Few rivalries in international relations have been more misunderstood than the one between India and Pakistan. In May last year these two "distant neighbours", who have fought three conventional wars and a border skirmish in 1999, came close to a nuclear exchange. Ostensibly, these conflicts had their casus belli in Kashmir, East Pakistan and cross-border terrorism. In reality, it is the ghosts of partition of the Indian subcontinent 50 years ago that have loomed large in the mindset of the political elites in the two states.
J. N. Dixit's efforts to cash in on the global anxieties of a nuclear South Asia is pitched as the "authoritative" account of a former Indian foreign secretary with intimate understanding of Pakistan, where he served as ambassador. But, despite the obliging reviews in the Indian press reproduced on the dust-jacket, the work is mired in the familiar genre of ex-Indian bureaucracts portraying Pakistan as focused, aggressive and mendacious in seeking to undermine India as a regional superpower, and India as unprepared, morally restrained and continuously outwitted by Pakistani diplomatic manoeuvring.
If this were not enough, large sections of the volume are written in monotonous note form with endless repetition of what looks like hastily cobbled together journalistic articles.
Yet if one has the patience to endure Dixit's wooden and repetitive prose, there are some interesting asides. He suggests, for example, growing Indian concern at strategic cooperation between America and China, which might marginalise India and keep it under pressure; resentment in the Indian camp at the global community's continuing to "ignore" India; the idea that the roots of the Indo-Pakistan rivalry may lie in a primordial hatred that continues to generate "suspicion, mistrust and antagonisms" while simultaneously providing the bedrock of state-centric nationalisms with opposed views of national imagination.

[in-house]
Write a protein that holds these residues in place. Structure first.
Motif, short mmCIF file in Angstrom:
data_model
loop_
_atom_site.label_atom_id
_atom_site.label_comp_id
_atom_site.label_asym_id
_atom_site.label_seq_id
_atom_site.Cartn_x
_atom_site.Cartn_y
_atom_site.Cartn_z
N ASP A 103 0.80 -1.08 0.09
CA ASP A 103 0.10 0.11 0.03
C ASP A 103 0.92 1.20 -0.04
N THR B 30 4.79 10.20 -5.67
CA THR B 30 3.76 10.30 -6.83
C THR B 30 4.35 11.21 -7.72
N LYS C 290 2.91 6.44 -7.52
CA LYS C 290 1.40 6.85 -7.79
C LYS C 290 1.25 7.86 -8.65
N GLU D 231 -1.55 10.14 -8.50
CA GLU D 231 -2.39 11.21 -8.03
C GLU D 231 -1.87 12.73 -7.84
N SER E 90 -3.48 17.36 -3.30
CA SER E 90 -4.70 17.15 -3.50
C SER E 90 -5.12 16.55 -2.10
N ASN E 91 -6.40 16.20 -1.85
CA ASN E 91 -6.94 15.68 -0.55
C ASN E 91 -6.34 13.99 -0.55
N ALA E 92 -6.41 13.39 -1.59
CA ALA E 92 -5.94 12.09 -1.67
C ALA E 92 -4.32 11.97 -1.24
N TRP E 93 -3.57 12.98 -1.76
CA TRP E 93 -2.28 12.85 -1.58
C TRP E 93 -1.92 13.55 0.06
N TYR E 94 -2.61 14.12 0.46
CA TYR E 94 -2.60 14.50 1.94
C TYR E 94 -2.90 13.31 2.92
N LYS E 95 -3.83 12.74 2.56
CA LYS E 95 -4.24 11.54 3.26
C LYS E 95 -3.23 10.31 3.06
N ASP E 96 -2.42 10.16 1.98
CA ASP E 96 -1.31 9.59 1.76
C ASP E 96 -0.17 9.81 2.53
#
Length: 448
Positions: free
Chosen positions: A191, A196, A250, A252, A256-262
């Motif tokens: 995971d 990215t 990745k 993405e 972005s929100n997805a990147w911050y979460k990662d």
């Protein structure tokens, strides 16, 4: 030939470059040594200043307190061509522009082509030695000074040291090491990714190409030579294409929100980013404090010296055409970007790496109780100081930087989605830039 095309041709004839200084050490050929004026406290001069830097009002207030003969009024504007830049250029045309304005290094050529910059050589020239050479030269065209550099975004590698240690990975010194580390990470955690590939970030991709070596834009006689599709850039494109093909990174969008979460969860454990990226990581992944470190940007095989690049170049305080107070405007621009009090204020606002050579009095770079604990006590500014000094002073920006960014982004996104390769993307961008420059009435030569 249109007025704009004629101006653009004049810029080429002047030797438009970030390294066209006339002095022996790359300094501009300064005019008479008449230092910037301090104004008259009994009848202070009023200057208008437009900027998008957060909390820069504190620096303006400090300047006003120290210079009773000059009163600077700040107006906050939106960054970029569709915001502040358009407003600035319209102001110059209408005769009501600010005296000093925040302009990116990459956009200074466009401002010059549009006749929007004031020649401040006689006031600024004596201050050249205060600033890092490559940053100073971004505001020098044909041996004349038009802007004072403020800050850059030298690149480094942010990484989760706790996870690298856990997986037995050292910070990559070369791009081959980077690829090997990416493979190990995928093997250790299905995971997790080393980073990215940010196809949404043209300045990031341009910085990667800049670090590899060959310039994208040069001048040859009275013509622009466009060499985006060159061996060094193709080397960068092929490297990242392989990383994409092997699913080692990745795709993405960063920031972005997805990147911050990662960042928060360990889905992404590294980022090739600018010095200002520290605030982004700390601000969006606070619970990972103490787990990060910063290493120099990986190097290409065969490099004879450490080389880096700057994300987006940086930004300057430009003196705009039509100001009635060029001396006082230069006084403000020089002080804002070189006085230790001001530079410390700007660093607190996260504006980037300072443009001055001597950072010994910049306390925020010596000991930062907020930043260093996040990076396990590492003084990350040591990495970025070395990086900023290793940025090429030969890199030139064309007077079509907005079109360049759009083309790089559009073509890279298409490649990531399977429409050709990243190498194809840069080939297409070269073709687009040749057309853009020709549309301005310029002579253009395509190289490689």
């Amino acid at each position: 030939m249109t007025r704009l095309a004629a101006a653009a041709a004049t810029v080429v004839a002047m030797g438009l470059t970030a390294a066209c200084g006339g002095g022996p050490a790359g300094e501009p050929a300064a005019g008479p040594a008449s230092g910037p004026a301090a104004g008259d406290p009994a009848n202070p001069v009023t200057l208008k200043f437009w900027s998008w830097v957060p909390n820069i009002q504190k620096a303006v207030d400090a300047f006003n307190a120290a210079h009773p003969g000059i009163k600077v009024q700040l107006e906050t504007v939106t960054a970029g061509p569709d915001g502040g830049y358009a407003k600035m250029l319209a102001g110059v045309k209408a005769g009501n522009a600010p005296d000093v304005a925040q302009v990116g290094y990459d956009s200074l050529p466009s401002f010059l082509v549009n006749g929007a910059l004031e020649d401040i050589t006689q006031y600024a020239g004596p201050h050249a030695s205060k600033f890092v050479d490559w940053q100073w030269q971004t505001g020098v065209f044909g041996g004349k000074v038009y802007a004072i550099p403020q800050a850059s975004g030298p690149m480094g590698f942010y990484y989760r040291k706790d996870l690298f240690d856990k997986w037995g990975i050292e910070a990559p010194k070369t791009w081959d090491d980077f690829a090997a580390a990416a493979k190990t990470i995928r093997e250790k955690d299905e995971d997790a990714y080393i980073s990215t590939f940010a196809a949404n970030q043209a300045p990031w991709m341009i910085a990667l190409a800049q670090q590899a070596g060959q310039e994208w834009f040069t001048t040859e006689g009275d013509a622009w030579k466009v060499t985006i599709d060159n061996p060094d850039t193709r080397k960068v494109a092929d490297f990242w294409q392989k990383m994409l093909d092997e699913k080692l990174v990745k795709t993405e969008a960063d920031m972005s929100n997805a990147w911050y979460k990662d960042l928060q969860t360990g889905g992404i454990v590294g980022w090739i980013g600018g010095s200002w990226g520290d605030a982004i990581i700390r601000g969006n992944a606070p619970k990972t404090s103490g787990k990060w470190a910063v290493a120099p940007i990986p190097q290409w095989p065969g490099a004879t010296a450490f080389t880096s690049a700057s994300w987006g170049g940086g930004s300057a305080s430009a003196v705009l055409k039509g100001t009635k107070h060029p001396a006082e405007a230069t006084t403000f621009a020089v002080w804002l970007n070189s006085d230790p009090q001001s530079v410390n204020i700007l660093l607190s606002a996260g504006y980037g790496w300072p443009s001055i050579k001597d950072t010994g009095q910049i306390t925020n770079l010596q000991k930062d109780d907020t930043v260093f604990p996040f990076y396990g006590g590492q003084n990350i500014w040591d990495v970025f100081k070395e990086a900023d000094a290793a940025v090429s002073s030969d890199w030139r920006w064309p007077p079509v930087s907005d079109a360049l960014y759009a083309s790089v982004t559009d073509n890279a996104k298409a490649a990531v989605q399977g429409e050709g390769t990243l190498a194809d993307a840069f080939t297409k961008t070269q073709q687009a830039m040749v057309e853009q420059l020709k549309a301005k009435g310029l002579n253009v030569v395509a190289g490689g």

He also discusses the failure of the Indian conception of nationhood to win the hearts and minds of Indian Muslims, so that for many of them Pakistan remains a source of defensive appeal; the fact that a resolution to the Kashmir problem could lie in recognising "ground realities" while making the border more porous for common Kashmiris; and the possibility that Indo-Pakistan rivalry is unlikely to diminish even if a successful agreement on Kashmir were to be realised. These "realities", for Dixit, make Pakistan a permanent thorn in India's side, the militarised Islamic "other" of India's secular, multi-ethnic and successful liberal democracy.
Dixit's hard-nosed realism, on which he has cut his reputation, occasionally rubs uncomfortably with his mellower musings. He is, despite a proclivity to primordialism, prepared to concede that perhaps the peoples of India and Pakistan "have no antagonisms towards each other".
Globalisation and the information revolution are also seen as possible long-term agents for corroding entrenched diehard positions. And a mutual failure of statesmanship is hinted at in the coded criticism of both governments in both states who have "become the prisoners of policy stances and attitudes they have created in public opinions, and, therefore, cannot be bold and innovative beyond a certain point".
One wishes Dixit had allowed himself to be unleashed from his minders. Had he done so, I feel a more serious reflection on imaginative alternatives for South Asia would have forced him to ponder the disastrous consequences of his - and his Pakistani counterpart's - realism. But then this volume and the analysis it presents are as much a commentary on the author as on Indo-Pakistan rivalry.
Gurharpal Singh is professor of inter-religious relations, University of Birmingham.
India-Pakistan in War and Peace
Author - J. N. Dixit
ISBN - 0-415-30472-5
Publisher - Routledge
Price - £16.99
Pages - 501